Planting in hot weather chancy
Posted: Tuesday, June 22, 2010 8:01 pm
By: By Jimmy Williams
Less than two weeks from the summer solstice, and there you sit, staring balefully at all those nursery pots of trees and shrubs in your driveway that should have been put into the ground weeks or months ago. We all know that late planting carries with it all manner of pitfalls.
We will be facing scorching heat very soon, and indeed have seen 90 degrees or more already. Those plants are no more capable of coping with it than humans are. They will need an undue amount of coddling.
Woody things planted out in fall or winter are infinitely more prepared. Their roots have, hopefully, gained some purchase into the surrounding soil and are able to absorb what water is there.
On the other hand, new plants have roots confined to the shape of the pot. They dry out far quicker than those whose roots have quested afield. Adding to the problem is the current practice of growers using so-called “soil conditioner” as the planting medium. This consists of coarsely ground bark and very little else.
This is fine and dandy in nursery growing areas with automated watering and fertilizing. In fact, plants grown thusly exhibit extremely rapid growth, just what the grower desires. The quicker the plants attain salable size, the less the expense and the greater the profit margin.
However, once the plant is set out in the garden, the roots almost immediately begin to dry out. Without virtually constant watering the specimen can go under quicker than you can say Jack Robinson. The hotter the weather, the more severe the problem.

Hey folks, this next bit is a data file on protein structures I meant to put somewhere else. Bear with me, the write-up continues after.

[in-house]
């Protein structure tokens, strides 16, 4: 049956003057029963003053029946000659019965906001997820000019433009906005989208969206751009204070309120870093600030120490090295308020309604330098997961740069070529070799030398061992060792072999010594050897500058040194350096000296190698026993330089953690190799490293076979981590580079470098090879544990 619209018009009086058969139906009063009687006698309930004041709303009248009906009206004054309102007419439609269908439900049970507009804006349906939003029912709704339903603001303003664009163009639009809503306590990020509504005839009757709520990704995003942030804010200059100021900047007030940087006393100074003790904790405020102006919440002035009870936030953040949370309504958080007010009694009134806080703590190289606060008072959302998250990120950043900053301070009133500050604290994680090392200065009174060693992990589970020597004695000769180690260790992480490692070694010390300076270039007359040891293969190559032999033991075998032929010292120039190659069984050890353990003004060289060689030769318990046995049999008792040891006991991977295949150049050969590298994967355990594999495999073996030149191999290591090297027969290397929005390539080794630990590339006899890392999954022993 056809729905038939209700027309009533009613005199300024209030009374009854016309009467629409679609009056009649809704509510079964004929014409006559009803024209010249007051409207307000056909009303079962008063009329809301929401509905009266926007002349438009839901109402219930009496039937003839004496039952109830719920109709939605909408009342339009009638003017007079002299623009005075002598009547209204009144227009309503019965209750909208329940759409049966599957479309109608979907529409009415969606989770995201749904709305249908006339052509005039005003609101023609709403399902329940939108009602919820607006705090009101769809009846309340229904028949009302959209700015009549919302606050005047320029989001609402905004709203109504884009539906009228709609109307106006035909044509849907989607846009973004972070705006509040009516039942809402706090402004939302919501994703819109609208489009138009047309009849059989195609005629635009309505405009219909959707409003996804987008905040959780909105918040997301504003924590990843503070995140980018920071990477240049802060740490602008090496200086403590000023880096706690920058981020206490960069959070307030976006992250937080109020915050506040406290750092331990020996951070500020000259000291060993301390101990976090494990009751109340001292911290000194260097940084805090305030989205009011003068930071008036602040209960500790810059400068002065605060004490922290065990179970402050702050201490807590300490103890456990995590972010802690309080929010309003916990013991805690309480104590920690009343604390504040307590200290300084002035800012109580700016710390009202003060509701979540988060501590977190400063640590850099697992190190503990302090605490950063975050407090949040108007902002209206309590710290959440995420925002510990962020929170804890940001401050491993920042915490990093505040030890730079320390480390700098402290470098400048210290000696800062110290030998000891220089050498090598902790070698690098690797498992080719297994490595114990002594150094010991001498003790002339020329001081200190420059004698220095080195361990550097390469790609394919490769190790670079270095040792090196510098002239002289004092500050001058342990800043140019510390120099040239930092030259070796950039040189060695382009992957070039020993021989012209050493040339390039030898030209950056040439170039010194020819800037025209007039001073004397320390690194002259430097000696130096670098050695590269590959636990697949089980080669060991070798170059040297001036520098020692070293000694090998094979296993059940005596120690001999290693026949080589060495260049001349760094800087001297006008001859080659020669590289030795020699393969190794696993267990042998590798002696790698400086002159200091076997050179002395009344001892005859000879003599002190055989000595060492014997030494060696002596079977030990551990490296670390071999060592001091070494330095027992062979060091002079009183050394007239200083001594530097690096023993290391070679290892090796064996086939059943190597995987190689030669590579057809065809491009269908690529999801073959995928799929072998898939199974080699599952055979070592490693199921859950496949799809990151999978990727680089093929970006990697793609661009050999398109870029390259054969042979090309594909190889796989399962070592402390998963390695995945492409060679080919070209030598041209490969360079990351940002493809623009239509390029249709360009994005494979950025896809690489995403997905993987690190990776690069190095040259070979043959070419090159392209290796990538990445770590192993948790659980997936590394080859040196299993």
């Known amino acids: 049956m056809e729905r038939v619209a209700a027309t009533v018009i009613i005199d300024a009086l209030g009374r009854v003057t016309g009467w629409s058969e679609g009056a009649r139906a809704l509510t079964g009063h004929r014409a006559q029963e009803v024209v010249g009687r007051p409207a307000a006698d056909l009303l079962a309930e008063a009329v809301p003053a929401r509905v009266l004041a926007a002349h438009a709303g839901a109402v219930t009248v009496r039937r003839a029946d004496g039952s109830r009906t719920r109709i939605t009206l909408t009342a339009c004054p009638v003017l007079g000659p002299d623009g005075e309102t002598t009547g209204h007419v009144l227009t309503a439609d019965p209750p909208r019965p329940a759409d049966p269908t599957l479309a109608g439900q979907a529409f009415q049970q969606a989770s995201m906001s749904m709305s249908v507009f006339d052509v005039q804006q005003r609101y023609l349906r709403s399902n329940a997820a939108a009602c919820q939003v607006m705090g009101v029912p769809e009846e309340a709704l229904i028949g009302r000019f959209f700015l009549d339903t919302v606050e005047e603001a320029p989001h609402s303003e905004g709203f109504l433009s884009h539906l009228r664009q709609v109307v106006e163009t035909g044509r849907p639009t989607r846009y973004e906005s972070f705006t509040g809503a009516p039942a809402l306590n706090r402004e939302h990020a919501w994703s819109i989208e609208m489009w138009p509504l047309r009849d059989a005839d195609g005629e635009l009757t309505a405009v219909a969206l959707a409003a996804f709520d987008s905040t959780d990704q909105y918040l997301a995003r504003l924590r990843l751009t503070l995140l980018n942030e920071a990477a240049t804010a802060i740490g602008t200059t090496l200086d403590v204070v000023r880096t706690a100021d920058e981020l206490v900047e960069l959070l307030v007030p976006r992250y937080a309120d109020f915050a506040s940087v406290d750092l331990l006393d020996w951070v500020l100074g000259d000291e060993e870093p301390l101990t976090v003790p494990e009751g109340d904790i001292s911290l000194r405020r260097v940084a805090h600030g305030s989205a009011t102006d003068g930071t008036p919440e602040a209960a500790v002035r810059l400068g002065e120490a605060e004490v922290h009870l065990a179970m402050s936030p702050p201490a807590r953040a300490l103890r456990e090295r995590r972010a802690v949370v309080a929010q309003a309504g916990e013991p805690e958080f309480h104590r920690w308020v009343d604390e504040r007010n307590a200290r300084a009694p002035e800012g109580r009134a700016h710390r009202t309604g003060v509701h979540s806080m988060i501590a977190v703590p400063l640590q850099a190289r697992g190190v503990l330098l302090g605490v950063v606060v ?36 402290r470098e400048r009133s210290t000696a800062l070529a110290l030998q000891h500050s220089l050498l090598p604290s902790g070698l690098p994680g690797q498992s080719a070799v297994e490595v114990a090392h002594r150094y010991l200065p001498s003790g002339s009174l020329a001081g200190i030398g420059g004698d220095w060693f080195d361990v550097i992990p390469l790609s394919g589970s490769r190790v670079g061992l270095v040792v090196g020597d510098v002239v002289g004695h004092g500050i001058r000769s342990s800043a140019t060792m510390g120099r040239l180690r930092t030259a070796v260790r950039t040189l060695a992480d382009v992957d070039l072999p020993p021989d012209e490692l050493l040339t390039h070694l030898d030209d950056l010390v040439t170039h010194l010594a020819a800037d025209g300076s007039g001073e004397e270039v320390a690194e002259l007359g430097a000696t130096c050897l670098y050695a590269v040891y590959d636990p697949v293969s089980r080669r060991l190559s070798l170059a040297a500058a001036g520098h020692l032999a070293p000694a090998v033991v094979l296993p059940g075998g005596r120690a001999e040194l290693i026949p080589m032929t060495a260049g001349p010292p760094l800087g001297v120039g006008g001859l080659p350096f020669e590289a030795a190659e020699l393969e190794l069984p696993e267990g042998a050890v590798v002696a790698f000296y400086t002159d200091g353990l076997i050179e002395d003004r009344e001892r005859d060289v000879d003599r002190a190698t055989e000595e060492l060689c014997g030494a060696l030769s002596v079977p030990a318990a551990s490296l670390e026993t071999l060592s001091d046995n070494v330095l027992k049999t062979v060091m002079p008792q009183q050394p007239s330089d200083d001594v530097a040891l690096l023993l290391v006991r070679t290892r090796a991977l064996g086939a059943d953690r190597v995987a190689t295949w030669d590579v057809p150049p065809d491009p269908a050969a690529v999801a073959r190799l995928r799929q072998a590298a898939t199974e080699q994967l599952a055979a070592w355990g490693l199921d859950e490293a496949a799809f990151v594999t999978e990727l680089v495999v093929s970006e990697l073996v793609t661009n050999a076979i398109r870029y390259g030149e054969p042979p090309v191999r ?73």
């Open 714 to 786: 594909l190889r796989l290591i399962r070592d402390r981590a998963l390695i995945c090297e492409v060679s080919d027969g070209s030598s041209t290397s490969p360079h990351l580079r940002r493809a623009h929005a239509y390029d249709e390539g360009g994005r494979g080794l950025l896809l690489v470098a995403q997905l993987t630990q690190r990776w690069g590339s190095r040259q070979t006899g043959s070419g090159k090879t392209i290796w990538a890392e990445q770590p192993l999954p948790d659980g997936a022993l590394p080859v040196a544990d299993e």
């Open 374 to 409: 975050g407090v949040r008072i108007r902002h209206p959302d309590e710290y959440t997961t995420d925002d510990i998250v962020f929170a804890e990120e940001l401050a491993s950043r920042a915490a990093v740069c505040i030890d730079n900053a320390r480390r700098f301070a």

It’s not just woody things, either. Just lately, in fact, I set out several perennials which would wilt the next day following copious hand watering. After several days of succoring, the problem gradually eased. Herbaceous things, as a rule, root out more quickly than trees and shrubs.
Automatic irrigation, needless to say, alleviates the situation, but even then, if the watering cycle in a particular area is of short duration, not enough water falls to satisfy the newly planted things.
A grass watering timer set-up, for instance, which may not water for more than 15 minutes in a given area, is entirely insufficient for woodies and perennials.
Yes, it is entirely feasible to plant all summer. But nobody said it was easy, and things can rapidly go awry.
Editor’s note: Jimmy Williams is production superintendent at The Paris Post-Intelligencer, where he also writes this column.
Published in The Messenger 6.22.10
Jimmy Williams, The Garden Path